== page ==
Ashley Bickerton, the performer in You The Better, says in the film: “You can’t do the same thing twice unless it happens by chance.” When taken in small amounts of trials, the notion of chance is more obvious than larger amounts of trials: a prediction of frequency becomes apparent. At first in You The Better, the players think that the house is the chance element. Their game is to conquer chance and the house through their own effort.
Coyne: Could you talk more about that idea of beating the house? It’s a simple but incredibly complex psychological societal behavior: participating in a seemingly futile action even as we constantly remind ourselves that we ultimately don’t have agency. Even the political conversations of late echo this.
Beckman: The 1983–84 while I was production with You The Better was a time of change from a failed utopian optimism to a false political front. The ideals of the 70s had caved in. The student demonstrations asked for representation in the political system—a seat at the table of power while keeping the system intact. It was more like a changing of the seats, or musical chairs, than real change. Reagan had come into power with a strong capitalistic agenda, carrying with it a series of diversion tactics to hide the truth of what his economic policy would do to the working class. You The Better was in part a response to that political time when the tables were turning and we seemed to be headed for where we are now. The house in a gambling game was my symbol for that capitalistic control.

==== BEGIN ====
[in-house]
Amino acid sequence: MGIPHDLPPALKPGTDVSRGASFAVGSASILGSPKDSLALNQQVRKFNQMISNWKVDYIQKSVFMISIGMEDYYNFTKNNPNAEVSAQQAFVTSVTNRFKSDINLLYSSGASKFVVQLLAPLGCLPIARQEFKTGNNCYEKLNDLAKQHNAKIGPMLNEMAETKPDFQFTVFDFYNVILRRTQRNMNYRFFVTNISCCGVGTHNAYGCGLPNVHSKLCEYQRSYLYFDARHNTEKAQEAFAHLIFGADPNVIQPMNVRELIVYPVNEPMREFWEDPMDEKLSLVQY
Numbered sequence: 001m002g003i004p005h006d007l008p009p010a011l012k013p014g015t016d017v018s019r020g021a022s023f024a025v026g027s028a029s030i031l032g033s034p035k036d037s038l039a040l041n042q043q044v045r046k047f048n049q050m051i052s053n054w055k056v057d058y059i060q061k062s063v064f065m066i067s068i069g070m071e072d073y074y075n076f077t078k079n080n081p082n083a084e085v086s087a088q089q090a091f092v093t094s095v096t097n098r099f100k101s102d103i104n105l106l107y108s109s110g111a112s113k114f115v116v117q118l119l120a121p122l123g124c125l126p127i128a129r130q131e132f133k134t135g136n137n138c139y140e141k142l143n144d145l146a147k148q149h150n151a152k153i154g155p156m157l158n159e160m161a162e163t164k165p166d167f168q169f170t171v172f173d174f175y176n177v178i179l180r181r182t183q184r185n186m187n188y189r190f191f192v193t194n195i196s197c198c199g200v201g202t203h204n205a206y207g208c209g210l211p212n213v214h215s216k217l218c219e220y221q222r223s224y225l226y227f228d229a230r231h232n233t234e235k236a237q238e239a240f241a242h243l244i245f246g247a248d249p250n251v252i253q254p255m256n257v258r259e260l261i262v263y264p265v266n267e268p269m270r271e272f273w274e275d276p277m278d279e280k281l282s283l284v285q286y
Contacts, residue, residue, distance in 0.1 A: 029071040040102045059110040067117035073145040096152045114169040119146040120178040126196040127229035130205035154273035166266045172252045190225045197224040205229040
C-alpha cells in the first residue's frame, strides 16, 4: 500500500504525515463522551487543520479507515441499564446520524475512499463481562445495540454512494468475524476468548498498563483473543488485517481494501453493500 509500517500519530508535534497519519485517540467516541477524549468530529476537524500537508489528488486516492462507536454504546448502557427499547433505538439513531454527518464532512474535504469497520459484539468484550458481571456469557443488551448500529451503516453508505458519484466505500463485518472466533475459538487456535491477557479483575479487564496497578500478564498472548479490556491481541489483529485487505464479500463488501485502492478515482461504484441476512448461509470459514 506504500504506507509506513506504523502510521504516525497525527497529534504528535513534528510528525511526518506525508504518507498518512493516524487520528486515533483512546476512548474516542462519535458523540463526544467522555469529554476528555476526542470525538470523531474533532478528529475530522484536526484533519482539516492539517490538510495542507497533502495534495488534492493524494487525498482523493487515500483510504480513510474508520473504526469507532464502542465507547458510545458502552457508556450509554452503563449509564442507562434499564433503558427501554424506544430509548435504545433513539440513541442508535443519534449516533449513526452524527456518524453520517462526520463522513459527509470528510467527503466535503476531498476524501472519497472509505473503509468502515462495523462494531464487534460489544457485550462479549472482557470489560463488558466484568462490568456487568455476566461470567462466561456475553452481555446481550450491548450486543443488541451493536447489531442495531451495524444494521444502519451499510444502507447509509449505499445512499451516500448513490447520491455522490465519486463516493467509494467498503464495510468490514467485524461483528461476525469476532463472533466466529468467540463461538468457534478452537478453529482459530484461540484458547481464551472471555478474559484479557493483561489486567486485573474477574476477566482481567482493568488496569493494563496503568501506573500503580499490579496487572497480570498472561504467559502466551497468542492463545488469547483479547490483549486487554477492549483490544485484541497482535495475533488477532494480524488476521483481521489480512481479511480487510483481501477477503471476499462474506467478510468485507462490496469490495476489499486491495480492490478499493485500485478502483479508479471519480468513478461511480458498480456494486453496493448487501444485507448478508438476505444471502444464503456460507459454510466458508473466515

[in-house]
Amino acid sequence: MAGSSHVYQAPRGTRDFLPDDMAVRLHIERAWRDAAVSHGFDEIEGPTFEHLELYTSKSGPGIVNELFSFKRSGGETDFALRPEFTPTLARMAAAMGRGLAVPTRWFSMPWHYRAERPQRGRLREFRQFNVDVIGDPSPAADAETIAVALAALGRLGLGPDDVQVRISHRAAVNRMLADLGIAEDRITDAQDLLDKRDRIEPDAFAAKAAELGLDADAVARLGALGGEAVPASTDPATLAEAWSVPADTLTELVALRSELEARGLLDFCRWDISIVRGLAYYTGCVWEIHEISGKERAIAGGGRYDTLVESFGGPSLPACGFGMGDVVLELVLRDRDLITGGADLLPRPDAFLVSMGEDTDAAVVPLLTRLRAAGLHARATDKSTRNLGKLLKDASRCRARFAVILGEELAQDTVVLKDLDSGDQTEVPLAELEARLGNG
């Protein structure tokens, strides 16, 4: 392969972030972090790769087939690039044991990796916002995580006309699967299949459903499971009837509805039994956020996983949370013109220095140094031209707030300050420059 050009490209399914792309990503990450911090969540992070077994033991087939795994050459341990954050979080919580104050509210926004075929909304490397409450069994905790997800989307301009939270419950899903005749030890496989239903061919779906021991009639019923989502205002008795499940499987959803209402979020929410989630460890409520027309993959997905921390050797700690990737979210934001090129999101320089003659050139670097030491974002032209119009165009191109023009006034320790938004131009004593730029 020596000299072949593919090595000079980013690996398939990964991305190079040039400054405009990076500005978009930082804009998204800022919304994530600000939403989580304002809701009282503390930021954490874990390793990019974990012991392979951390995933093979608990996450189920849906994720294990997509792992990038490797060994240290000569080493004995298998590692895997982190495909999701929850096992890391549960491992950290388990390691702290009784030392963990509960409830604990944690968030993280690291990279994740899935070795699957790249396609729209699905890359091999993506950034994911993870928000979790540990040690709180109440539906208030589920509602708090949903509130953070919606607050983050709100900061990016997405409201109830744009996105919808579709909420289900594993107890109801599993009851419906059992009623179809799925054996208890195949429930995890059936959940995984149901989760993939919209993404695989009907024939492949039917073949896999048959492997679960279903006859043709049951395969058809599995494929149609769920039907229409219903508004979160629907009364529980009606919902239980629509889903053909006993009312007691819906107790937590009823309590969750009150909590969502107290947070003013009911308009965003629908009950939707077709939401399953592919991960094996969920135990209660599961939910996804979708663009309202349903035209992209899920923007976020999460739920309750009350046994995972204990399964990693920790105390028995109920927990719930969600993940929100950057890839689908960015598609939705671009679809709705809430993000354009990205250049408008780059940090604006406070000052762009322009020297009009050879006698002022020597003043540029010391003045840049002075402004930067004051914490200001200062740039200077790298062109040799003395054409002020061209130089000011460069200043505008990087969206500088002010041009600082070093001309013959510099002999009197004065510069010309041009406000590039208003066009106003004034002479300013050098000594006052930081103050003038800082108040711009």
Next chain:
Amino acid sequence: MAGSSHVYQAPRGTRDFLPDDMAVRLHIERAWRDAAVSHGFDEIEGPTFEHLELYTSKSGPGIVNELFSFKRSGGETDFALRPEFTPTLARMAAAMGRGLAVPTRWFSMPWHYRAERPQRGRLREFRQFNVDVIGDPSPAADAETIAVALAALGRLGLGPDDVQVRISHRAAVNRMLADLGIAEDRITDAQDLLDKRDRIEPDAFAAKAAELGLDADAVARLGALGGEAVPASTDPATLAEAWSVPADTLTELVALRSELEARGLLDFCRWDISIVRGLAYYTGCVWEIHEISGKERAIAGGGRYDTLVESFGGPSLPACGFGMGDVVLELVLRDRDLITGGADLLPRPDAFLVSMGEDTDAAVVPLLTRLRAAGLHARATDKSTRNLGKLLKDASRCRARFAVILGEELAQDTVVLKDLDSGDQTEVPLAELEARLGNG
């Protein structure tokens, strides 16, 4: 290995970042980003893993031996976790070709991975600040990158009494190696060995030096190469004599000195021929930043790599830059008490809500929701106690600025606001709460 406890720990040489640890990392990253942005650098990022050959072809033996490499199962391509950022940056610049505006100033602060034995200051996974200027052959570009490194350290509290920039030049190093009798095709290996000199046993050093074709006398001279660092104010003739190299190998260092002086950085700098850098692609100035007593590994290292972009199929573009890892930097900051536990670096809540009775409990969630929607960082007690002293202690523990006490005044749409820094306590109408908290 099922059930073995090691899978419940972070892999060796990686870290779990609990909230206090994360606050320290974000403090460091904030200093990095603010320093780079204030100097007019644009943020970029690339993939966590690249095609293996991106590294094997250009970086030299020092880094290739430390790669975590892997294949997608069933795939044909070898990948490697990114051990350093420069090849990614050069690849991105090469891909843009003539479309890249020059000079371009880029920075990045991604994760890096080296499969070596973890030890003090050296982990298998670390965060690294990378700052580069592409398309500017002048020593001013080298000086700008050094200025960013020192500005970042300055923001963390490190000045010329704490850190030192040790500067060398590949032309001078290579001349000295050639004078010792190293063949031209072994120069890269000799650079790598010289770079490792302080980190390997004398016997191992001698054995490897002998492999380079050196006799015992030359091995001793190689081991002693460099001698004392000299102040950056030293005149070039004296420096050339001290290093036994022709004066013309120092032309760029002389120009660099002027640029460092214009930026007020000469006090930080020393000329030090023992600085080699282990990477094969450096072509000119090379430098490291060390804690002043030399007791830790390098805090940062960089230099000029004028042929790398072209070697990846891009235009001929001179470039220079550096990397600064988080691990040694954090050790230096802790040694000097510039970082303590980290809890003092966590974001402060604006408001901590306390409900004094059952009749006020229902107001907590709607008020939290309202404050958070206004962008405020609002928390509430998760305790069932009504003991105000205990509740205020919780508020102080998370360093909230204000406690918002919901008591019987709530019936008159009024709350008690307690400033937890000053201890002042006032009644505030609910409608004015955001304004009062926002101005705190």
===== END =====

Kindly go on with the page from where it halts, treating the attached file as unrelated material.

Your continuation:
Coyne: Going back to the game . . .